Cattle out to Pasture, May 1st

Cattle out to Pasture

This spring has been as late as last spring was early.  The grass finally started growing and I turned them out yesterday.  The steers stayed on my pasture, and the fall-calving cows went to the rented pasture.  In the foreground you can see one of the fall heifer calves.  In the background you can see the neighbor’s dairy cows.

I wanted a few more cattle on the rented pasture, so I decided to try an experiment and kept the four fall heifer calves with their mothers to see if the cows would self-wean before they calved again in August/September.  The eight fall steer calves were separated from their mothers.  The cows and steers which were weaned are bawling for each other.  I don’t think the calves were getting much milk anymore, so the discomfort is probably psychological.

6 Responses to Cattle out to Pasture, May 1st

  1. Looks like your fall calves and cows made it through winter looking pretty good.

  2. Thanks, Gordon. That’s a consolation for how much valuable hay they ate.

  3. Chris says:

    You sound like a behavioral psychologist, Matthew!

  4. Matthew Solverson says:

    Amazing to look at your March picture and your May picture and see the change in the ground. Make sure you shut the gate.

  5. grasspunk says:

    Hey Curious, what happened with your self-weaning calf experiment? I’m curious about the results.

  6. Thanks for asking for a follow-up. Sometimes I forget what I’ve written.
    What happened is nothing specific, which is how a lot of experiments turn out it seems.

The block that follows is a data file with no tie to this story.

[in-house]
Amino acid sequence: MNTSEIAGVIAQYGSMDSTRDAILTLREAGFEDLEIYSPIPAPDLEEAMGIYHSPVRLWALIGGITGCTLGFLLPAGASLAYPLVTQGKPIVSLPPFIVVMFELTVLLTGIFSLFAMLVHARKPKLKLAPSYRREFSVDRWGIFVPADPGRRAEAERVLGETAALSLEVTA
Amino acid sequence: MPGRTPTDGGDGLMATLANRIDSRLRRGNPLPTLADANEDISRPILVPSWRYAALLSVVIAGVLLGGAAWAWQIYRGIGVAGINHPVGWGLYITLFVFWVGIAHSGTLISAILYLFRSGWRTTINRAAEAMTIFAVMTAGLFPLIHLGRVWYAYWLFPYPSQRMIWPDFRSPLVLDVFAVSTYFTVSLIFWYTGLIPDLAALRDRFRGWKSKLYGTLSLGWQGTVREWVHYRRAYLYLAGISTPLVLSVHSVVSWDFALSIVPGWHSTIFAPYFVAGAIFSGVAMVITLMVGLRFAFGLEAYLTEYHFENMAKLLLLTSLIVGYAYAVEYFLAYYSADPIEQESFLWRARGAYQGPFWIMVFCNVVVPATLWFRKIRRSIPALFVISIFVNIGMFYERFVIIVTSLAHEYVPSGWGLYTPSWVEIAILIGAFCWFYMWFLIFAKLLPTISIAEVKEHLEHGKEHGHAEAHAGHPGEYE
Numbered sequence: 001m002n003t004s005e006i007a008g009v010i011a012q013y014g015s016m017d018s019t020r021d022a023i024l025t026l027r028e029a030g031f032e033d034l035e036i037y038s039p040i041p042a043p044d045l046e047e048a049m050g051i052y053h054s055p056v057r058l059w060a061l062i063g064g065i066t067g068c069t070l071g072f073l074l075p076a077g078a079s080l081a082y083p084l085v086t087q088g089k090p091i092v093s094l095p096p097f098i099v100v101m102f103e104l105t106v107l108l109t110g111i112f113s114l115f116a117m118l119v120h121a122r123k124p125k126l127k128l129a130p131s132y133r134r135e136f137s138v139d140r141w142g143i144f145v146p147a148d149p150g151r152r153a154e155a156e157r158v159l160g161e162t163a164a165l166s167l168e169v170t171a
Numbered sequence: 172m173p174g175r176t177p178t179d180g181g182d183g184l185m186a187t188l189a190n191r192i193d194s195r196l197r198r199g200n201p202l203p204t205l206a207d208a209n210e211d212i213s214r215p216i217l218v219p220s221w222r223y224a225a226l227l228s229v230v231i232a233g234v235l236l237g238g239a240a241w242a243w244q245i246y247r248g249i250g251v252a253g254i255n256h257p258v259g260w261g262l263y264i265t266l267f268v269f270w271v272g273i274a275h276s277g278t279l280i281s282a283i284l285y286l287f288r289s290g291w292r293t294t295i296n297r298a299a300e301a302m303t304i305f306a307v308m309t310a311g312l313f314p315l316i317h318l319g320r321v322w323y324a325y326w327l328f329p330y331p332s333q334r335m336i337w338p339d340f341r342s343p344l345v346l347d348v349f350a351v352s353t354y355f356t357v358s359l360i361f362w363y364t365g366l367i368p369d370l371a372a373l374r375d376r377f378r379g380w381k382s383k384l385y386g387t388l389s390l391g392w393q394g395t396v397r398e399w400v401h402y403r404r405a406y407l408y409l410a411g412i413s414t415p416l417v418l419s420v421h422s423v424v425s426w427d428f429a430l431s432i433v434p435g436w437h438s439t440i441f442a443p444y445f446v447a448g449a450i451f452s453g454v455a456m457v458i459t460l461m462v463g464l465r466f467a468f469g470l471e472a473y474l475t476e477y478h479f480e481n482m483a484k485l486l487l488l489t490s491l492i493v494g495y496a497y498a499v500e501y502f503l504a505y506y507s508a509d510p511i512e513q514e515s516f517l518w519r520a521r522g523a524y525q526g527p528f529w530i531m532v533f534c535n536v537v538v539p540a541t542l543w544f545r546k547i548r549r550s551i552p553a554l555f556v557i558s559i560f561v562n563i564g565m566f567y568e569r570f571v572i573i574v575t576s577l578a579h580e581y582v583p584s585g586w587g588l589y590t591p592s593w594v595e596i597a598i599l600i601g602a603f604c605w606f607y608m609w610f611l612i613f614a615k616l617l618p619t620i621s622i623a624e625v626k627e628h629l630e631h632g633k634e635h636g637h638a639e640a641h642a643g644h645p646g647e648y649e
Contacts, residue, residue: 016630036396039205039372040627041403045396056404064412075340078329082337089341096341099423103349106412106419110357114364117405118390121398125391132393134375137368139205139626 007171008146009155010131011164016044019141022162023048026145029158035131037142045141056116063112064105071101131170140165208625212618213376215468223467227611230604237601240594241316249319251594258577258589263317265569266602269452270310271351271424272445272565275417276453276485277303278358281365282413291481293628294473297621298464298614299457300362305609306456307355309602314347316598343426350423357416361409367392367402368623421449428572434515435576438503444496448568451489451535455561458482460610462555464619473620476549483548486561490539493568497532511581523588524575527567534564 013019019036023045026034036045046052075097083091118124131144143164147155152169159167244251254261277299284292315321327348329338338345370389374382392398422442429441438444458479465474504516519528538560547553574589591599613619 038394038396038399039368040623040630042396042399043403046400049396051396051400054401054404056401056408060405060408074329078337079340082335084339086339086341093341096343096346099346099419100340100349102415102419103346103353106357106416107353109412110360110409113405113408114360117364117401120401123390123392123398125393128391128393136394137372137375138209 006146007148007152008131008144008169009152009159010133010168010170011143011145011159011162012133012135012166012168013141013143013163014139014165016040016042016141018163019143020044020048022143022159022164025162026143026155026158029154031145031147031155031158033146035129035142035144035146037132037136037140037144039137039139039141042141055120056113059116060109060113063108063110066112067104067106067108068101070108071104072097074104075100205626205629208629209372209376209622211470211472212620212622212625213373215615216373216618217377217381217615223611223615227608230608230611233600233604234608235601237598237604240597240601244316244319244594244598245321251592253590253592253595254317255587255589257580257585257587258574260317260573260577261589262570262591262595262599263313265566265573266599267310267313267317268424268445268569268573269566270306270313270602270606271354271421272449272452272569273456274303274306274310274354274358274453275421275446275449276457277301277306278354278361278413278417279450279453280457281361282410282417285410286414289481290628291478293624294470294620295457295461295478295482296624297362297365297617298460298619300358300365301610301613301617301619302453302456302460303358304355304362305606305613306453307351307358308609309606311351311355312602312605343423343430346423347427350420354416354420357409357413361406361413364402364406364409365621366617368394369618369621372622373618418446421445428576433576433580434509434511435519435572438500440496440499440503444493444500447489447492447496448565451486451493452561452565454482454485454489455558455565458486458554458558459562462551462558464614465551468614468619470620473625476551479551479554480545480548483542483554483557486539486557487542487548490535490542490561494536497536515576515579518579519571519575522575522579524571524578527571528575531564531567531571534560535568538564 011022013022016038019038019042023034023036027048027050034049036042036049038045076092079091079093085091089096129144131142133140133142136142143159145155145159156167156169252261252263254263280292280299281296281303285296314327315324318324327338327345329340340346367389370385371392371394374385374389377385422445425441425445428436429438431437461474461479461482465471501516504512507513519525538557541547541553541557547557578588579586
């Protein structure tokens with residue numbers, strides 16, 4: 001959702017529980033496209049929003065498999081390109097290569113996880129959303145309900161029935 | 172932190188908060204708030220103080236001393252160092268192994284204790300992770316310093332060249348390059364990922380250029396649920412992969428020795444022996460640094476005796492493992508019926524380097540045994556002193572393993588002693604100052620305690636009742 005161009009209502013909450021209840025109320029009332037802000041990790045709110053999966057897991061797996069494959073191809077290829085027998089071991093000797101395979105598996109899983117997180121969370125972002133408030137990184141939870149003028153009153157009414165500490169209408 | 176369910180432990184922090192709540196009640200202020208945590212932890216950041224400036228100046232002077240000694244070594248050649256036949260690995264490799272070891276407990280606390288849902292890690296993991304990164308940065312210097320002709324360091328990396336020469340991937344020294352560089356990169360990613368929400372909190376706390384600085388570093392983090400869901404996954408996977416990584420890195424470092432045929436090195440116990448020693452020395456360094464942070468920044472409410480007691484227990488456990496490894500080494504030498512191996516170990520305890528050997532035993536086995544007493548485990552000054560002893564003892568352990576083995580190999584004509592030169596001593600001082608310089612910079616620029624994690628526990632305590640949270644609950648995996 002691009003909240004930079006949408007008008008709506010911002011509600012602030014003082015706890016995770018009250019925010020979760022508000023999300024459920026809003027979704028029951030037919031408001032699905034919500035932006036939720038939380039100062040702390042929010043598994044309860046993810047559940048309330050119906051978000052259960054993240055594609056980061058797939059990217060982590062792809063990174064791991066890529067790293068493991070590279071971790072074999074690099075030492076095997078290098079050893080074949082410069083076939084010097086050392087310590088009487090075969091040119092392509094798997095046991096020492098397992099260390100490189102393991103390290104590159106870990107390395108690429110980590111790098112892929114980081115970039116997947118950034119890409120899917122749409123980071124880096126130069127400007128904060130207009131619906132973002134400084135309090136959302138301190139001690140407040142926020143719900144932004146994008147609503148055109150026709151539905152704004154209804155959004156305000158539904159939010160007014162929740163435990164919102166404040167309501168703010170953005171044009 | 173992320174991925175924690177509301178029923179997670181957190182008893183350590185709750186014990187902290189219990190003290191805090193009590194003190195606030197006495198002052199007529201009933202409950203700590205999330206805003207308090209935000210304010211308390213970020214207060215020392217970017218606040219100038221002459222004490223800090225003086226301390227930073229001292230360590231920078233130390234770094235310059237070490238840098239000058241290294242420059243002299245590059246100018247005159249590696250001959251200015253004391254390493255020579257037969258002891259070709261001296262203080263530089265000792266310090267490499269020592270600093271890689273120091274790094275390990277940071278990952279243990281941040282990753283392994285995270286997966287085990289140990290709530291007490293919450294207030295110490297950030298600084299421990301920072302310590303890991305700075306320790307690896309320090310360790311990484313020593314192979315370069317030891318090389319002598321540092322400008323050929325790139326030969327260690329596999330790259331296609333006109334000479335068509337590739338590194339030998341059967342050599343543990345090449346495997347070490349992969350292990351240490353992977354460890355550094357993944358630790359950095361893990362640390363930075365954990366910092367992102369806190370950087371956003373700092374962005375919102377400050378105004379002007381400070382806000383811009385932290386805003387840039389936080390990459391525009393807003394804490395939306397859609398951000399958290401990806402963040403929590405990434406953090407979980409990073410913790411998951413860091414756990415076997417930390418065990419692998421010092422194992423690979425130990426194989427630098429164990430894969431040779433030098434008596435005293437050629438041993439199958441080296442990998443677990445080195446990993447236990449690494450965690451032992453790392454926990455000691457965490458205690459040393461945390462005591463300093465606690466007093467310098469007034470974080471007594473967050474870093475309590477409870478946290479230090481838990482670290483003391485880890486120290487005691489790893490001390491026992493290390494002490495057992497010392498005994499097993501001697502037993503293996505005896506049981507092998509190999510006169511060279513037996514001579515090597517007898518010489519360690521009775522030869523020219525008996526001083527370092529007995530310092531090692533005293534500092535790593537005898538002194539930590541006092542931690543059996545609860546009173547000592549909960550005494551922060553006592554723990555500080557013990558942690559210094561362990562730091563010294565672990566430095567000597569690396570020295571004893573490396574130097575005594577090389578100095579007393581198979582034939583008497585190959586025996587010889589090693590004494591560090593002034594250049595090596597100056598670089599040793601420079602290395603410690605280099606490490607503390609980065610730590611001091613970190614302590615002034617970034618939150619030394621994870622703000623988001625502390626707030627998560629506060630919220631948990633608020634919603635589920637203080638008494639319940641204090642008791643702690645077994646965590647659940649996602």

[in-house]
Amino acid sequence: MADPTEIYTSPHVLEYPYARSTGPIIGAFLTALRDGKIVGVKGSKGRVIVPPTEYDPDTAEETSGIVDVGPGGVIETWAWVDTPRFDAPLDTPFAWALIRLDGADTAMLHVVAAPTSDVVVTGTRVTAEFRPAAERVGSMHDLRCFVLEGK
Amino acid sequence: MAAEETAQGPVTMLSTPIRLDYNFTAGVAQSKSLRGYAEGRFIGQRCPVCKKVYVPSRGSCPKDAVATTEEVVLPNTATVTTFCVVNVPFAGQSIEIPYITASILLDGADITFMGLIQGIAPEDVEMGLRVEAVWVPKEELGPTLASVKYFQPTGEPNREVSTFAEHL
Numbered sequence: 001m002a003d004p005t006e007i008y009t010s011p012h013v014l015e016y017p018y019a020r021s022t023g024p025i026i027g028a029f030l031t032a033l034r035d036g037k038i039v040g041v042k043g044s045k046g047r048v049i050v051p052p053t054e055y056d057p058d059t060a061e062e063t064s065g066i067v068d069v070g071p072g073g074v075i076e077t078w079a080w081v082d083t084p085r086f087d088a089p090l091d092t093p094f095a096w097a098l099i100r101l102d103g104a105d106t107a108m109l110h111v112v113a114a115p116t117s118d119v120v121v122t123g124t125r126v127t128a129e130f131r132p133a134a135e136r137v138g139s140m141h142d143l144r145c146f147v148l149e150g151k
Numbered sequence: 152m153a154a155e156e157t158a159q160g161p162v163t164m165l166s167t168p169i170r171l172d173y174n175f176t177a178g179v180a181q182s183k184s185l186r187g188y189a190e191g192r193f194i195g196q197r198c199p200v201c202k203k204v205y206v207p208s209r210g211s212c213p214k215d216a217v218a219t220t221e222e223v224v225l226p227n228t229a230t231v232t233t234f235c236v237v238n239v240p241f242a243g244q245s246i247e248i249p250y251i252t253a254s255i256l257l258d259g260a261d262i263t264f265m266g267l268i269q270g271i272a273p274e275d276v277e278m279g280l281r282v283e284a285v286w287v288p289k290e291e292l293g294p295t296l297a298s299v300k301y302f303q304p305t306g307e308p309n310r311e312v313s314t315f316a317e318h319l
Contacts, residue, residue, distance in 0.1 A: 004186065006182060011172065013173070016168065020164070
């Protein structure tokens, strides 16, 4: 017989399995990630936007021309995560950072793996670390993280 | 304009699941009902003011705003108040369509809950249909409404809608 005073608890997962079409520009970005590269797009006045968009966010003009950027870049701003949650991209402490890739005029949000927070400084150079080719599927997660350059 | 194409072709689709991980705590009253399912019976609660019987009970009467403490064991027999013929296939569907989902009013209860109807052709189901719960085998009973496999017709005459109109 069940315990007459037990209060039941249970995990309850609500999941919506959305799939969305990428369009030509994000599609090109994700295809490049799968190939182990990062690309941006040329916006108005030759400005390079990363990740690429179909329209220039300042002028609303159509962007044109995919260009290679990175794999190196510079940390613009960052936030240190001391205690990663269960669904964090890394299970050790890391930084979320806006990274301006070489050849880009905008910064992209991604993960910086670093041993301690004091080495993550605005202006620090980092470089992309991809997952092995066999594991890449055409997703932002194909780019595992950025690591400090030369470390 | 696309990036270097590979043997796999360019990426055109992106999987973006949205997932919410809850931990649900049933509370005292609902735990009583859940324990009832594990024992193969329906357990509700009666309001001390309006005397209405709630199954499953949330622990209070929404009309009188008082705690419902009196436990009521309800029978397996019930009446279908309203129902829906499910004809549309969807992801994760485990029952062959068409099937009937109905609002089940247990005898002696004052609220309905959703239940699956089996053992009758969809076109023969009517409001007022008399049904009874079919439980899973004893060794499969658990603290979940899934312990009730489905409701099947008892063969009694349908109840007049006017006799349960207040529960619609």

The 4 heifer calves continued to nurse occasionally all summer. It really didn’t seem to affect the next year’s calves when they were born and the cows switched all their allegiance to the new baby, but I have a vague feeling it was not good for the cows’ udders to be turned on all the time and may have contributed to one old cow’s development of a malfunctioning udder which resulted in me taking a two-day-old calf away from her before it starved and making it a bottle calf.
    If I would have had a better way to catch the cow I would have tried to nurse the calf and the cow, but their are no catch facilities at this pasture. I really need to have problem-free cattle at this pasture.
    So, to sum up, if I had to leave the calves with the cows to self-wean I would, but if I can wean, I will.
    I am letting the calves nurse for 8 to 9 months and weaning onto May pasture so they do very well and the cows get fat on May-June pasture as well.

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